2014 is year of the baseball Cards

Louisville headed to College World Series for second straight year

By Brian Rickerd Published:

LOUISVILLE — Two years ago, despite six massively successful seasons, Dan McDonnell felt his University of Louisville baseball program was approaching a crossroads.

McDonnell’s teams had averaged 43 wins in his first six years at Louisville, including a College World Series appearance in his first season, 2007. Still, McDonnell felt something was missing.

So shortly after Louisville was ripped by eventual national champion Arizona, 16-3, in the final of the Arizona Regional in 2012, McDonnell paid a visit to nine of his returning stars, who were all playing that summer in the prestigious Cape Cod League.

“I sat down with that group, and I challenged them,” McDonnell said. “I said, ‘We’re close, (but) we have to get over the hump. We have to be better than an Arizona, and with our maturity and our experience, we should be.”

McDonnell told his Cardinals that they should be among the CWS contenders year after year.

“‘Let’s not be a program that gets to Omaha (site of the CWS) once every five or 10 years,’” McDonnell said. “‘Let’s be a Florida, let’s be a South Carolina. Those are two schools that went to Omaha three years in a row. And I believe you can do that.'"

McDonnell’s players took his message to heart.

Louisville came back in 2013 to finish 51-14 and return to the College World Series, going 0-2 in Omaha, with losses to Indiana (2-0) and Oregon State (11-4).

And this past weekend, the Cardinals swept two Super Regional games at home against Kennesaw State — 5-3 Friday and 7-4 Saturday — to earn a second straight CWS berth.

All this for a Louisville baseball program that had never even won an NCAA regional tournament game before McDonnell came on board eight years ago.

Vandy is next
Louisville takes a 50-15 record into a CWS matchup against Vanderbilt Saturday at 8 p.m. in the eight-team event. The tournament starts Saturday and runs through June 25.

This year’s Louisville team appears to have the numbers, if not the experience, to make its strongest run yet at a national championship.

The Cardinals have a team batting average of .287, with six regulars who have been over .300 much of this season.

The offense is led by freshman designated hitter Nick Solak at .367, senior centerfielder/pitcher Cole Sturgeon at .331 and senior leftfielder Jeff Gardner .321.

Solak has especially been red-hot of late. His two-run home run in the top of the fifth inning gave Louisville a 5-4 lead and control in Saturday night’s Super Regional clincher over Kennesaw.

Louisville’s pitching staff lost its top three starters from a year ago but may be the strength of this year’s team, with an earned run average of 2.78.

Sophomore right-hander Kyle Funkhouser, arguably, leads the U of L starters with a 13.2 record and 1.73 ERA.

Junior right-hander Jared Ruxer (7-1, 2.27 ERA) and sophomore right hander Anthony Kidston (9-0, 354 ERA) are also solid starters.

Junior Nick Burdi is lights-out in relief, with 18 saves and a jaw-dropping fastball and an ERA of 0.51.

Burdi was taken 46th overall by the Minnesota Twins in the Major League Baseball draft this weekend.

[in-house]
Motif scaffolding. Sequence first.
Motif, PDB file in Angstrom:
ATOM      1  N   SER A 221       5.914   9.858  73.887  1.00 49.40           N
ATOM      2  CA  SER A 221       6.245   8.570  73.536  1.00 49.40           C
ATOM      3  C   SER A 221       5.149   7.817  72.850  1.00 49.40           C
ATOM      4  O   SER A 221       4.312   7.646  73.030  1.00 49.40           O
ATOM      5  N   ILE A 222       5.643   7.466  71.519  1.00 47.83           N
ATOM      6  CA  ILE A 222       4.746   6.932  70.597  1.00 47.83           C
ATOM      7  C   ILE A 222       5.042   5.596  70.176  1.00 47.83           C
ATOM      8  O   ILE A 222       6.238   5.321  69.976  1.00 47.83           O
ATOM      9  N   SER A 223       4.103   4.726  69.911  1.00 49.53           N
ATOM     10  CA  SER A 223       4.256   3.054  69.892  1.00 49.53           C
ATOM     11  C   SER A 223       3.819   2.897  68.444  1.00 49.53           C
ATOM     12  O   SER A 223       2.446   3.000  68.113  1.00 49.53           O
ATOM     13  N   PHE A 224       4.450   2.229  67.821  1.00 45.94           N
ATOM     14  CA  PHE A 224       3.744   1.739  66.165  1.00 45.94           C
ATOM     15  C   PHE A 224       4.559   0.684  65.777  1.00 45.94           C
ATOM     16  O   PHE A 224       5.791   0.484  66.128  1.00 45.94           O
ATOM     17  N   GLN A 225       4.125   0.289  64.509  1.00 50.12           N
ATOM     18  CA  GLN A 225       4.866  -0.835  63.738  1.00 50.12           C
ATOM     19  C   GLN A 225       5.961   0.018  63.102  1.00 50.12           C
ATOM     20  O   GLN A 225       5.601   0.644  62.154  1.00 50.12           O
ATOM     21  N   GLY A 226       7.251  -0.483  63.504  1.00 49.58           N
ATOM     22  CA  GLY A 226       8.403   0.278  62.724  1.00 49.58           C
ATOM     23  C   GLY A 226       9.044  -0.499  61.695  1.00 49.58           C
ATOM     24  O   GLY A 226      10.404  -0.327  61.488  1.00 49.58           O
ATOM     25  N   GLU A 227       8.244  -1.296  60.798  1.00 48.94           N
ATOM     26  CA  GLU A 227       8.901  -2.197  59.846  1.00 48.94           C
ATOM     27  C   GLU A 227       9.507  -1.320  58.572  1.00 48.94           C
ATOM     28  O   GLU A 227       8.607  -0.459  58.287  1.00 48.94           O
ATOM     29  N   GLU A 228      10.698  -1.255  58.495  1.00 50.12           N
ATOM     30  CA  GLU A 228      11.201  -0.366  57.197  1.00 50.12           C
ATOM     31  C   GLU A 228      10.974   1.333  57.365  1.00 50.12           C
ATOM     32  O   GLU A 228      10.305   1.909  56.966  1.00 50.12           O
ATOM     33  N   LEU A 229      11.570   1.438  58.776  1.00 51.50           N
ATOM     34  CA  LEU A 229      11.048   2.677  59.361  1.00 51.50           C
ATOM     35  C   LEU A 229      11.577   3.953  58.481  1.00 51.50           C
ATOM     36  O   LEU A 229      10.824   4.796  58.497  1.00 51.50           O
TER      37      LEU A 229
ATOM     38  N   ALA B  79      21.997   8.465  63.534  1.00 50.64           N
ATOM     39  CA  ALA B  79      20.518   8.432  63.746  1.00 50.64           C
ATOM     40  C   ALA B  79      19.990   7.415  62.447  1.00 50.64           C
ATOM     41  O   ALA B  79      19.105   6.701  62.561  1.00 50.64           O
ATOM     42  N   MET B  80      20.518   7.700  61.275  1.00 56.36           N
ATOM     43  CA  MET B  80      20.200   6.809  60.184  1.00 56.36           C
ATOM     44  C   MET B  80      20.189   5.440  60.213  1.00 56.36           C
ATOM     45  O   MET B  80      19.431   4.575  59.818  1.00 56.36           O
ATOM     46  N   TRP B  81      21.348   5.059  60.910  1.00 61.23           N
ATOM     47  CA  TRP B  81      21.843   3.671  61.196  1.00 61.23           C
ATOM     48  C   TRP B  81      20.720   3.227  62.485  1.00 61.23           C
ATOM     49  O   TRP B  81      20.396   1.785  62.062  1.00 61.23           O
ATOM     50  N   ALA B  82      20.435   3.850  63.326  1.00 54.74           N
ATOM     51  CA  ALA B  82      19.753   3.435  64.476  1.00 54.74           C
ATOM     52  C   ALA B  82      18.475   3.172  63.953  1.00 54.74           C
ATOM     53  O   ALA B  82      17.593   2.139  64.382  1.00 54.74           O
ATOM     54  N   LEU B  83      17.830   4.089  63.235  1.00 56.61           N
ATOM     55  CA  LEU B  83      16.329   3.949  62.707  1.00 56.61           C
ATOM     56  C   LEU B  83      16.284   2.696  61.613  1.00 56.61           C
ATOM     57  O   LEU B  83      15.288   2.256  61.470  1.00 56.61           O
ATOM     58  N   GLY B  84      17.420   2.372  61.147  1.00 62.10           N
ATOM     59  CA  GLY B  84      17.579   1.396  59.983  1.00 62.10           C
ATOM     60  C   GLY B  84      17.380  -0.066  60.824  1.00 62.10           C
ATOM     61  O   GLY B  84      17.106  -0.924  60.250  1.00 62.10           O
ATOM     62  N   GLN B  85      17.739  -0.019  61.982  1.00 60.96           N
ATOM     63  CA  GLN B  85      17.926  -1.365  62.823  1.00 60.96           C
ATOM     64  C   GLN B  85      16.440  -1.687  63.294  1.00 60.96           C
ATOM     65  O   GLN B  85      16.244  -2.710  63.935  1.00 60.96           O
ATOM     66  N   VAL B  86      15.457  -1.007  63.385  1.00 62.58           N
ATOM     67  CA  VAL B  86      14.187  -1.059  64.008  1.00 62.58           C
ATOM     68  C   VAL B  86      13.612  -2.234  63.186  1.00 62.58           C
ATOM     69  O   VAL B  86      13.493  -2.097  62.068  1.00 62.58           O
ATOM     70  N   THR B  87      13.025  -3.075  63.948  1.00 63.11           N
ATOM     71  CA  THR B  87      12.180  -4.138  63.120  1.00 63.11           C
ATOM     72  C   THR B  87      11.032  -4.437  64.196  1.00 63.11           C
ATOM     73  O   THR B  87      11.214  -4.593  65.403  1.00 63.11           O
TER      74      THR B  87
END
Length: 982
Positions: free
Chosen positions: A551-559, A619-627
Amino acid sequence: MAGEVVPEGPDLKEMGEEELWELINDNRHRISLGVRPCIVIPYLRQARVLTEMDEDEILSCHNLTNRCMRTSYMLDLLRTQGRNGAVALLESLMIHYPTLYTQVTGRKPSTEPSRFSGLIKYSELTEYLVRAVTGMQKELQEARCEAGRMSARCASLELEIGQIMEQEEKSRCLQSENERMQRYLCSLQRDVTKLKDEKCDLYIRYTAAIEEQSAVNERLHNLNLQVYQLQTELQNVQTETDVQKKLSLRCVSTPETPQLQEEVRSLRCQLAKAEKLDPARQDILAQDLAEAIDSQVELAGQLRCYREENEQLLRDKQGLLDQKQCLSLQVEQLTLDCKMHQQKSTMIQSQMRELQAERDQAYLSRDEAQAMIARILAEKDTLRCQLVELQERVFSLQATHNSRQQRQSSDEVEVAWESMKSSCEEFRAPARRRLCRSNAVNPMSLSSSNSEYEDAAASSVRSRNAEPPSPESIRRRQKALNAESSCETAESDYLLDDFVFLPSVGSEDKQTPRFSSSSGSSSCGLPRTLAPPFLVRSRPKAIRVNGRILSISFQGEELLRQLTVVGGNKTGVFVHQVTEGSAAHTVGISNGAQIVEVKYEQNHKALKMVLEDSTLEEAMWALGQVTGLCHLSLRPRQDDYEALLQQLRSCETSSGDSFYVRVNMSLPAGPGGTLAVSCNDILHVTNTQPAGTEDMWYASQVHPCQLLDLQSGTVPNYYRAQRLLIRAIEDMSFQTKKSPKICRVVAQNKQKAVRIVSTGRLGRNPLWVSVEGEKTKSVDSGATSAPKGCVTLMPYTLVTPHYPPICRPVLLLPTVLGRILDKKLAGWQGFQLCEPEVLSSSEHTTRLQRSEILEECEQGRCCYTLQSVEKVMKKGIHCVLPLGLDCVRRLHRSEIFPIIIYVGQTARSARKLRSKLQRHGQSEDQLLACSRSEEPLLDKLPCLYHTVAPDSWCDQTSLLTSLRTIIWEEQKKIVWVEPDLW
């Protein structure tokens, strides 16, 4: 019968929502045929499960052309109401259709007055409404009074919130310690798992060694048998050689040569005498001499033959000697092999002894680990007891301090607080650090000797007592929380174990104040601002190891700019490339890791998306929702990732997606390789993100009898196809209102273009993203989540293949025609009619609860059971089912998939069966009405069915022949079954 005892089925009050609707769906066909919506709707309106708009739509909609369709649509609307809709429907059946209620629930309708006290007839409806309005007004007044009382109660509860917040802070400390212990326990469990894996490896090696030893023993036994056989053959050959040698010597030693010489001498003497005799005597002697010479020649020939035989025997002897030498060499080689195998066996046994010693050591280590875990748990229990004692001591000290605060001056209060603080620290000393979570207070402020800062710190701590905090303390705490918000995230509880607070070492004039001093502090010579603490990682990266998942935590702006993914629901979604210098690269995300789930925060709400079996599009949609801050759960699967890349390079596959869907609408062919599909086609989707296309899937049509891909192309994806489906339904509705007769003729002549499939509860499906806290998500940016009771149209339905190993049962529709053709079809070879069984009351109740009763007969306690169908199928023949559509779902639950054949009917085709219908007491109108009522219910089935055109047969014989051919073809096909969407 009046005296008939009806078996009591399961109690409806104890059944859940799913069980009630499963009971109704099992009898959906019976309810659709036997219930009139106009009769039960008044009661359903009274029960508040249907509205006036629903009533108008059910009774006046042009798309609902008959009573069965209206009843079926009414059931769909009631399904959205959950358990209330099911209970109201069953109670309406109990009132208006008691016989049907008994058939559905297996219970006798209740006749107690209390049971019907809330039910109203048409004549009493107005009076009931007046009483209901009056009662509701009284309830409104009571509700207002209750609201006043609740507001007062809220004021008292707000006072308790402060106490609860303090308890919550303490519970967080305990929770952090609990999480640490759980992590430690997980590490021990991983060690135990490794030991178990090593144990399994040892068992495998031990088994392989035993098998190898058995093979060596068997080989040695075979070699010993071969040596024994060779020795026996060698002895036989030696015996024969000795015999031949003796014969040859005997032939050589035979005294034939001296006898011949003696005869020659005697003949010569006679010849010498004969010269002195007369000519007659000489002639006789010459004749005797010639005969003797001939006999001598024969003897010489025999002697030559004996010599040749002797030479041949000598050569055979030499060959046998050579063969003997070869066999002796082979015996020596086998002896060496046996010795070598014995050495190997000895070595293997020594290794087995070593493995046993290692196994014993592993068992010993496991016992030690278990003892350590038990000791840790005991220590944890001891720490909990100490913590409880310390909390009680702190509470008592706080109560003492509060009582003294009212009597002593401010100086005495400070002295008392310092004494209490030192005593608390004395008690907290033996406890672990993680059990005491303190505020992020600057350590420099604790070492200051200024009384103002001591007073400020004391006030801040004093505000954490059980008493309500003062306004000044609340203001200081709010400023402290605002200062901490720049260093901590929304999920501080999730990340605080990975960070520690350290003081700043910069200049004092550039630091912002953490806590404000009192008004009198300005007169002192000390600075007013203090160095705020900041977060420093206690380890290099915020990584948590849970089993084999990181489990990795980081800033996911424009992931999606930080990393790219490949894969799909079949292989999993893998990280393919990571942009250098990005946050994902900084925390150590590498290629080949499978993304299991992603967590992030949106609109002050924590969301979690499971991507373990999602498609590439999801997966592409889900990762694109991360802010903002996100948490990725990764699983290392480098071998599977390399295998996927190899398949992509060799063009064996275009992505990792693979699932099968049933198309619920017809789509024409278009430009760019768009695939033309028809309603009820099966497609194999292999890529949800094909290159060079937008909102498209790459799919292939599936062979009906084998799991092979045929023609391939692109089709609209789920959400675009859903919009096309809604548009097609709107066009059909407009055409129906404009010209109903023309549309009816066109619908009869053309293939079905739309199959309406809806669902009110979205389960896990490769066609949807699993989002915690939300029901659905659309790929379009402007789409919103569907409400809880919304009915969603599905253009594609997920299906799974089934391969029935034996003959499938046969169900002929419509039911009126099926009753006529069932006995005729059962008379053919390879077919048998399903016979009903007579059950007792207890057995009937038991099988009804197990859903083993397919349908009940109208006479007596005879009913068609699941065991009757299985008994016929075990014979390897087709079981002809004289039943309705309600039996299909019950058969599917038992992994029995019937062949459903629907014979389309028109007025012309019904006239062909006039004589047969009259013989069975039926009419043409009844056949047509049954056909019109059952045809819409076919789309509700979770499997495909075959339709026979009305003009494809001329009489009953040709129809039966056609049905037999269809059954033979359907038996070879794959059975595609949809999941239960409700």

The Cardinals are plenty good behind their pitchers, too, with a fielding percentage of .971.

Kennesaw State star Max Pentecost said the Cardinals benefit mightily from superior athleticism throughout the lineup.

“They are just really an athletic team,” said Pentecost, the No. 11 overall pick in this past week’s Major League Baseball Draft. “One through nine, they can all bunt, they can all hit the gap, and they make the plays defensively.”

Still, McDonnell hints that the Cardinals’ hopes for a CWS title may depend less on any one number or overall athleticism and more on their collective emotions this time around.

In 2007, his team had to be starry eyed in their CWS debut, while last spring they were emotionally drained after upsetting No. 1 Vanderbilt in a Nashville Super Regional.

Better prepared?
“Last year it was such an emotional win in Nashville against, arguably, the best team in the country at the time,” McDonnell said. “I mean, I was drained by the time we got back to Louisville. We went to Omaha to win the national championship, but I just thought we were mentally a little fatigued.

“This group,” he added, ‘’seems a little more prepared to turn the page and get right back to business.”

Gardner, an eighth-round round draft pick of the Washington Nationals, emphatically agrees with McDonnell.

“Not to say there wasn’t emotion involved here, but I think the attitude this time is a little bit different than it was last year, and that’s one of we’re going there (Omaha) to take care of business,” said Gardner, one of five senior anchors on the team, along with Sturgeon, infielder Alex Chittenden and catchers Kyle Gibson and Shane Crain.

“I think we’re all better,” McDonnell said. “I think we as coaches feel more comfortable. You can’t beat yourself up because there are going to be eight great teams in Omaha, and two of them are going to go 0-2 and two others will be 1-2, but you try to learn from your experiences there and grow and hopefully do a better job.

“We have to take advantage of the opportunity we have,” McDonnell added. “We have to take advantage of being more comfortable and learning from last year.”

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